July 26, 2018 § 4 Comments
Riding the metro in Beijing the other day, listening to Wolf Parade’s track ‘Valley Boy,’ I suddenly had this moment of vertigo as my mind was riding the 55 bus up blvd. St-Laurent back home in Montreal. ‘Valley Boy’ is a tribute to Leonard Cohen, our city’s patron saint of letters. Wolf Parade, though from Vancouver Island, are also a Montreal band. A few minutes later, my friend, Darryl, who is in Montreal from Alberta this week, sent me this photo.
There is nothing more alienating than to feel yourself in a city over 11,000km away from where you are. But I was in Montreal. But not the shiny Montreal of 2017, the grittier Montreal of the early 2000s, when the Main was half dug up in construction, and the rest was littered with discarded coffee cups and remnants of the weekend’s detritus. In those days, it wasn’t uncommon to see Cohen wandering around, visiting his favourite haunts, talking to the occasional person brave enough to actually approach him.
I never did. He was Leonard Cohen, He wasn’t a man for small talk, or pointless conversation. I did, though, meet Cohen once, a long time ago. It was the early 90s, he was touring behind The Future, and in a laundromat in Calgary, there he was folding his laundry as I was putting mine in the dryer. It was a random meeting and he dropped a sock, I picked it up for him. We talked for a bit, about nothing and everything and then he went on his way. I still don’t know why he was doing his own laundry on tour.
Montreal is changing, soon it have the newest infrastructure of any city that matters in North America. Every time I go home, I hear more and more English, and not just downtown, but on the Plateau, in the Mile End and in my old haunts in Saint-Henri and Pointe-Saint-Charles. But even worse is the creep of major chain retailers. It used to be that Montreal was a holdout against this invasion. It was a city of small shops, mom and pop outfits, all up and down the Plateau, even downtown and in the other boroughs. I bought a stereo at a small store on Sainte-Catherine near MusiquePlus that has been shuttered for over a decade now, killed off by the Best Buy.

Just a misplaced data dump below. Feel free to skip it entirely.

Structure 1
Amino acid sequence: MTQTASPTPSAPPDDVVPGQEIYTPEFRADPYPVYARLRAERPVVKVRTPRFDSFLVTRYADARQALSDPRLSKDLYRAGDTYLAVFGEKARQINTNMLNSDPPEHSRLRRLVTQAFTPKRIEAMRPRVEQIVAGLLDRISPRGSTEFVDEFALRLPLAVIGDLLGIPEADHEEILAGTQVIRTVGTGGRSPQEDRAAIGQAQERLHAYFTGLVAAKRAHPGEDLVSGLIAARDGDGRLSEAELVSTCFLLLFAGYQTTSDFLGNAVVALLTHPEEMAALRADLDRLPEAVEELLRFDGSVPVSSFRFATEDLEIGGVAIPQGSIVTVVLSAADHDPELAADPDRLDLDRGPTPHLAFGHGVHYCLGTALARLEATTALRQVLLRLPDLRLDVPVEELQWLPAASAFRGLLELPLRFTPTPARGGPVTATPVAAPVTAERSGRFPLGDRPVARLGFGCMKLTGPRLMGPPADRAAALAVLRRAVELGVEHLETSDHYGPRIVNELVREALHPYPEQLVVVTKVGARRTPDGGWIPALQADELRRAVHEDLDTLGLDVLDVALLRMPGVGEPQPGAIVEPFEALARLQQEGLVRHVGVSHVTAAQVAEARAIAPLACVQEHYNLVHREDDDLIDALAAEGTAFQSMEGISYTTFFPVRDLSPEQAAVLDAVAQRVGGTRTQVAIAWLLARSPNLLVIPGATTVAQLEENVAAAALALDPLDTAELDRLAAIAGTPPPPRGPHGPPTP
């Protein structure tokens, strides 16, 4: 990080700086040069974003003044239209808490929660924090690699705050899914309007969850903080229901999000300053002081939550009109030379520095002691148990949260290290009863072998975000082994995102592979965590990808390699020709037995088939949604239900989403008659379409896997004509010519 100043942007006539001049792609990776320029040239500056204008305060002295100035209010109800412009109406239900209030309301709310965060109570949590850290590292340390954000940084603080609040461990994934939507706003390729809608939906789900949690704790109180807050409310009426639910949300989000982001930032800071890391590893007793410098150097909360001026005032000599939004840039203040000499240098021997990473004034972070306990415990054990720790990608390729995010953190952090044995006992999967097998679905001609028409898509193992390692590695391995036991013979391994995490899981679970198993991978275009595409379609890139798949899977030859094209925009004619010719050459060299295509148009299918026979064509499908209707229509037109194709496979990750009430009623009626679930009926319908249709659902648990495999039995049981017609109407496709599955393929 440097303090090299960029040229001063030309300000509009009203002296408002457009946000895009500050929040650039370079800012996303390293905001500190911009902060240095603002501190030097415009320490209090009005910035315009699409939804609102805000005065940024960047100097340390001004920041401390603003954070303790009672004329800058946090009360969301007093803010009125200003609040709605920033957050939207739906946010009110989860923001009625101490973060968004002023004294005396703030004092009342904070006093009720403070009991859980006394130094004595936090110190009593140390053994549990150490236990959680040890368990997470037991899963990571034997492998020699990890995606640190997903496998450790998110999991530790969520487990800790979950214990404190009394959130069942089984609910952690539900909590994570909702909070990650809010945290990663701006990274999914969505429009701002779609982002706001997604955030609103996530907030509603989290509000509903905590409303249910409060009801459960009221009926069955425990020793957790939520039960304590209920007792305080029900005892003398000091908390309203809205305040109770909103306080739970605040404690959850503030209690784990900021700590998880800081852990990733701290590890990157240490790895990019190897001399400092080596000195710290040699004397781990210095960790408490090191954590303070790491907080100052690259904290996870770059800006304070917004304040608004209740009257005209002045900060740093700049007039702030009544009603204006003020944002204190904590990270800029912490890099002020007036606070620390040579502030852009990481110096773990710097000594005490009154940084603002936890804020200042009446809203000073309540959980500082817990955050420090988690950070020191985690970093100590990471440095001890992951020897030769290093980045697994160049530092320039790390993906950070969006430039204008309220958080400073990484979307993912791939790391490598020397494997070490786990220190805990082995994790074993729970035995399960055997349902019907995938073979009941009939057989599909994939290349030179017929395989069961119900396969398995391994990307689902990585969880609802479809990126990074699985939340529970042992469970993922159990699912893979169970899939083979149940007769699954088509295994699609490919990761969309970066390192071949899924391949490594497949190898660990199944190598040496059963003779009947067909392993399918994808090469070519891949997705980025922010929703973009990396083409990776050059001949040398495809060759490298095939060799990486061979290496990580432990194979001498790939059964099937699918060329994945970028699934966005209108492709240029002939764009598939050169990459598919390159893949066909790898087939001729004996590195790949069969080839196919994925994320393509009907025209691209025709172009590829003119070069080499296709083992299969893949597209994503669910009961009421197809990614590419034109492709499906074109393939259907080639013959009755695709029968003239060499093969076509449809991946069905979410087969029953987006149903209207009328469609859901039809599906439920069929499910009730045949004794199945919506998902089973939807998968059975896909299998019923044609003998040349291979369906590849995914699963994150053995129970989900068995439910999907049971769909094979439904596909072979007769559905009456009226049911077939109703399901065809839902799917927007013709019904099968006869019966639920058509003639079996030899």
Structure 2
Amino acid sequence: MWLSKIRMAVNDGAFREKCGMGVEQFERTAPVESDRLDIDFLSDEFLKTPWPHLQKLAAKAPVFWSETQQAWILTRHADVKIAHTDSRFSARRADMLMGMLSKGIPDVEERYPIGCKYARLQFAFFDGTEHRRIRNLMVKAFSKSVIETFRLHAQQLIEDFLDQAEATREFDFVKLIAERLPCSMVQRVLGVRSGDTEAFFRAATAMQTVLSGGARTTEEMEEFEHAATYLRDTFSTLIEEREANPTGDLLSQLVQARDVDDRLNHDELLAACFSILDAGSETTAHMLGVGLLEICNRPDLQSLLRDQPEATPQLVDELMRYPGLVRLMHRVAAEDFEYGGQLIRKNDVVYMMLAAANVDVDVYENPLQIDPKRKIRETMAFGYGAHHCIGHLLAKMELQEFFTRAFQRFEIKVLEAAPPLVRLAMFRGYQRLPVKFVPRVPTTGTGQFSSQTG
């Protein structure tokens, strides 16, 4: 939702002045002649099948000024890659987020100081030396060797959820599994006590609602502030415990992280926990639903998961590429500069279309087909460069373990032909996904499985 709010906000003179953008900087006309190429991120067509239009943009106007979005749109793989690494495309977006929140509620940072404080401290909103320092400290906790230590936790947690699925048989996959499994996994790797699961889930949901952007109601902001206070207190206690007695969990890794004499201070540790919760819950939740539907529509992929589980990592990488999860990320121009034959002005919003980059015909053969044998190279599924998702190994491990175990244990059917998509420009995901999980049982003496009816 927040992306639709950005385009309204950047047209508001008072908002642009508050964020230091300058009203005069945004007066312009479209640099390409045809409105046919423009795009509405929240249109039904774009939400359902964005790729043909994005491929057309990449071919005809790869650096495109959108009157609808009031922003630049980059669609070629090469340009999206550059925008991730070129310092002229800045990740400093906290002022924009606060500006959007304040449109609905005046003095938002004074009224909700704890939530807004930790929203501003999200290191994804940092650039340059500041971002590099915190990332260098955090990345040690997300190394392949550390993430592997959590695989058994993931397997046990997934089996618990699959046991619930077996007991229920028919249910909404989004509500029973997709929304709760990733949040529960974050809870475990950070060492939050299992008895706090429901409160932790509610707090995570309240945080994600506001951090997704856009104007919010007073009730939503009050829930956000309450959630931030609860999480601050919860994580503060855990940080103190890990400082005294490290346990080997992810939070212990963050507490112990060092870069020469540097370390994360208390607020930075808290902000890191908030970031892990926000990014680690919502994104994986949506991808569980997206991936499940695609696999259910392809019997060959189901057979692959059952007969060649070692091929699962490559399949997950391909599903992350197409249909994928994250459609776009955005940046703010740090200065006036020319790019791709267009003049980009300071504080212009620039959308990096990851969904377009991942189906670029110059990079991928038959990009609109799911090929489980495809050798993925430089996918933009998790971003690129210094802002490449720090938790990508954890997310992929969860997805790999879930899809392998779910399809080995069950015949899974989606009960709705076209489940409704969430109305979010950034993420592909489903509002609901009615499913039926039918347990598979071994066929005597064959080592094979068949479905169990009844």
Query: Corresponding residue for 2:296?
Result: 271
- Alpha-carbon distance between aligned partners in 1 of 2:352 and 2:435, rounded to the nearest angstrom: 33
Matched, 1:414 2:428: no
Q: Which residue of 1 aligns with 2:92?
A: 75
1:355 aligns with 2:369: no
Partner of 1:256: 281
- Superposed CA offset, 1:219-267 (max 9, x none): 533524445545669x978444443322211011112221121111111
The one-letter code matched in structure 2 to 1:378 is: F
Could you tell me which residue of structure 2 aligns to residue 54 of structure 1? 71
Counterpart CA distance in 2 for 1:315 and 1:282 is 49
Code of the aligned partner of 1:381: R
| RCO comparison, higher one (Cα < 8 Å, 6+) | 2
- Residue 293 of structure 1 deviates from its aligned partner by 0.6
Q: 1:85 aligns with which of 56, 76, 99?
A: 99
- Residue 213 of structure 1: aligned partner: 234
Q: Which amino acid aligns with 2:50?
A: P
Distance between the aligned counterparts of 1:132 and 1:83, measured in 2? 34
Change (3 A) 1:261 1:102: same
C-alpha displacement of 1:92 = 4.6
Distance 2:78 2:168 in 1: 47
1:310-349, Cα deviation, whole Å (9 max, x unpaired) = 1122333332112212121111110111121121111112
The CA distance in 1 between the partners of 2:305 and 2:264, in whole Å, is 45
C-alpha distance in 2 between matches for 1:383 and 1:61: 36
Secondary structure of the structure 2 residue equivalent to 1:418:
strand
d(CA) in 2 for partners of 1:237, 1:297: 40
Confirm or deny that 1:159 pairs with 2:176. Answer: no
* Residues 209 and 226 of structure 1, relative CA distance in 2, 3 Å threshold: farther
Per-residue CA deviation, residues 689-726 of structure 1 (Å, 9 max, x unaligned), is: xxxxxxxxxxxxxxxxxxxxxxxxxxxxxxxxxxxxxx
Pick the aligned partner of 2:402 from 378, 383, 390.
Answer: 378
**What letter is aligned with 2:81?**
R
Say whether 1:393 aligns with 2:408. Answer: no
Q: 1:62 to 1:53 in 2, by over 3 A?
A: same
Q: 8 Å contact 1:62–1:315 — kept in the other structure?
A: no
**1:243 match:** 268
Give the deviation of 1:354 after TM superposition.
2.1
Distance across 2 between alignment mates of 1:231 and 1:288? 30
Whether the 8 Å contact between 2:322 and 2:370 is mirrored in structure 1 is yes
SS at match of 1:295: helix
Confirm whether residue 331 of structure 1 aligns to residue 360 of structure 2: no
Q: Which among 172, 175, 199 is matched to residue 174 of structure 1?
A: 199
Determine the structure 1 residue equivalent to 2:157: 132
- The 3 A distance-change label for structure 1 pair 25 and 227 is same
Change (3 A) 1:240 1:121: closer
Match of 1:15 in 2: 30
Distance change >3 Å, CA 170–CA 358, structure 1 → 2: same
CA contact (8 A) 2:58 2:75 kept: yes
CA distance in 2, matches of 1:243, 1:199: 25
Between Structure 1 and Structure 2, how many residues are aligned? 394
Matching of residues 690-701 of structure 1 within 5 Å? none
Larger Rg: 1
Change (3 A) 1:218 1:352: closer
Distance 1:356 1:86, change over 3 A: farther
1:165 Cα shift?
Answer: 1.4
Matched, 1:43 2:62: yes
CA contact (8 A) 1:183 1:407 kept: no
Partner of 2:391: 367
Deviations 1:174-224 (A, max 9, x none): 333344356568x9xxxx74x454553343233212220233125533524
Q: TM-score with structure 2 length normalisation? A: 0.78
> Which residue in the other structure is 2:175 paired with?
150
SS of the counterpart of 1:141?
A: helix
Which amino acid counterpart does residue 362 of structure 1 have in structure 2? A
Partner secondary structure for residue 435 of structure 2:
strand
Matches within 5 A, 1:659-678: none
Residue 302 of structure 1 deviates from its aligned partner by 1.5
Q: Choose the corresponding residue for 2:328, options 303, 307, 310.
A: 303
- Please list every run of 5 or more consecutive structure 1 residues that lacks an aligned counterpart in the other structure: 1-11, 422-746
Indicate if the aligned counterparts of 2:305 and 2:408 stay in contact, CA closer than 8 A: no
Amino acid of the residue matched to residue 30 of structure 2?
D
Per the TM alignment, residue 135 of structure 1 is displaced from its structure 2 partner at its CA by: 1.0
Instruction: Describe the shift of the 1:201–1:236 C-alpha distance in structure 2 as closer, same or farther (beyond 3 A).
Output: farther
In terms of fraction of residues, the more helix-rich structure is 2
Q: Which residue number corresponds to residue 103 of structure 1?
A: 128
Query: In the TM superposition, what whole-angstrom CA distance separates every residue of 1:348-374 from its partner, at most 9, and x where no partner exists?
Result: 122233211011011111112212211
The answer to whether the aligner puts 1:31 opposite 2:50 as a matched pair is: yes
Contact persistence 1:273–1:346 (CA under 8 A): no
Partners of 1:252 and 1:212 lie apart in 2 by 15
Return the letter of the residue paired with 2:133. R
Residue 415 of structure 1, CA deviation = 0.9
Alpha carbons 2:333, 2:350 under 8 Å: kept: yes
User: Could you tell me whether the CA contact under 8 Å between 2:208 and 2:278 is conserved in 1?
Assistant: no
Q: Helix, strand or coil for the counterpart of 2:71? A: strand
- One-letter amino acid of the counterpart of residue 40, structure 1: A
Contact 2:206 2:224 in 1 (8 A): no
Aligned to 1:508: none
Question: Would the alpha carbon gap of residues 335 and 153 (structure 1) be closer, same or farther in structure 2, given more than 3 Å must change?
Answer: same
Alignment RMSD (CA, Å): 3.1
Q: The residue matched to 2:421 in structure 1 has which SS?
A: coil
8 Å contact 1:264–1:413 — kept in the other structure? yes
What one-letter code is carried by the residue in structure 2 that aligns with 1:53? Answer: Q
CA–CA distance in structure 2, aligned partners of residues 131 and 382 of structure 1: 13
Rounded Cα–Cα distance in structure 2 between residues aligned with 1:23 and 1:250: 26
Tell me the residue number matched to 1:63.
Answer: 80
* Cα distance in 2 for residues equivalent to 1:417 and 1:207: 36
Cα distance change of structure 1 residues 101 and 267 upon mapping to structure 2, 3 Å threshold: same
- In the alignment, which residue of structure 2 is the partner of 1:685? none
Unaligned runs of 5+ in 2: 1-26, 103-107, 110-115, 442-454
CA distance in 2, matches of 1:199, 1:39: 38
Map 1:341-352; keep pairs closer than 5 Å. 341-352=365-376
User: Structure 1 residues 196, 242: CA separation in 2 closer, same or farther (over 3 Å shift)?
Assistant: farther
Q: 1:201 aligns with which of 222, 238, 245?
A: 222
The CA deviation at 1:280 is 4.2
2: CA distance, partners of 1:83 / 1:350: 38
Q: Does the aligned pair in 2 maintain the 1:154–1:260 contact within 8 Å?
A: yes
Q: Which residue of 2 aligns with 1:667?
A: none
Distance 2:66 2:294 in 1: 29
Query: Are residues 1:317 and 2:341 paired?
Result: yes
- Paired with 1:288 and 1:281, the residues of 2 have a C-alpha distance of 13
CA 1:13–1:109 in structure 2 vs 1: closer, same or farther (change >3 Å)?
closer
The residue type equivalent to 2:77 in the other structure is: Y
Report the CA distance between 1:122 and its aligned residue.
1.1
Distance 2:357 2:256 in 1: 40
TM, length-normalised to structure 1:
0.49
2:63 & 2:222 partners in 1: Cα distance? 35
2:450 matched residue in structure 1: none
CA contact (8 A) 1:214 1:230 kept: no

Montreal is losing its soul, I’m afraid. I take no pleasure in saying this, in fact, it hurts my own soul to say so. But there is a deep and dangerous cost of the gentrification of the city. My buddy Steve is a New Yorker at core, even if he long ago escaped. Each time he goes home to Queens, he is more and more appalled by what he sees in Harlem and Brooklyn and even Queens. Sure, it was a safer city and all that, but it was losing its soul. I always felt smug in the belief my city couldn’t do that. And better yet, my city was never crazy violent and it had, by the early 2010s, appeared to have recovered from the economic uncertainty of the separatist era. Hell, for a few years at the turn of the century, Montreal was actually the fastest growing city in Canada.
And so Leonard Cohen has been dead for almost two years. In ‘Valley Boy,’ Spencer Krug, one of the frontmen of the band, sings:
The radio has been playing all your songs
And talking about the way your slipped away up the stairs
Did you know it was all going to go wrong?
Did you know it would be more than you could bear?
In interviews, Wolf Parade have hinted this was about the larger geopolitical shitstorm that was engulfing the world when Cohen went to his great reward. As I was riding up the Main on the 55 bus in my head the other day, I thought differently. This was about Montreal, a city they and I have all moved on from, and one that Cohen left many times. Of course, Cohen also said that you can never leave Montreal, as it travels with you wherever you go and it calls you home. Later on the album, Krug sings, ‘Take me in time/Back to Montreal.’ And so we never do really fully leave.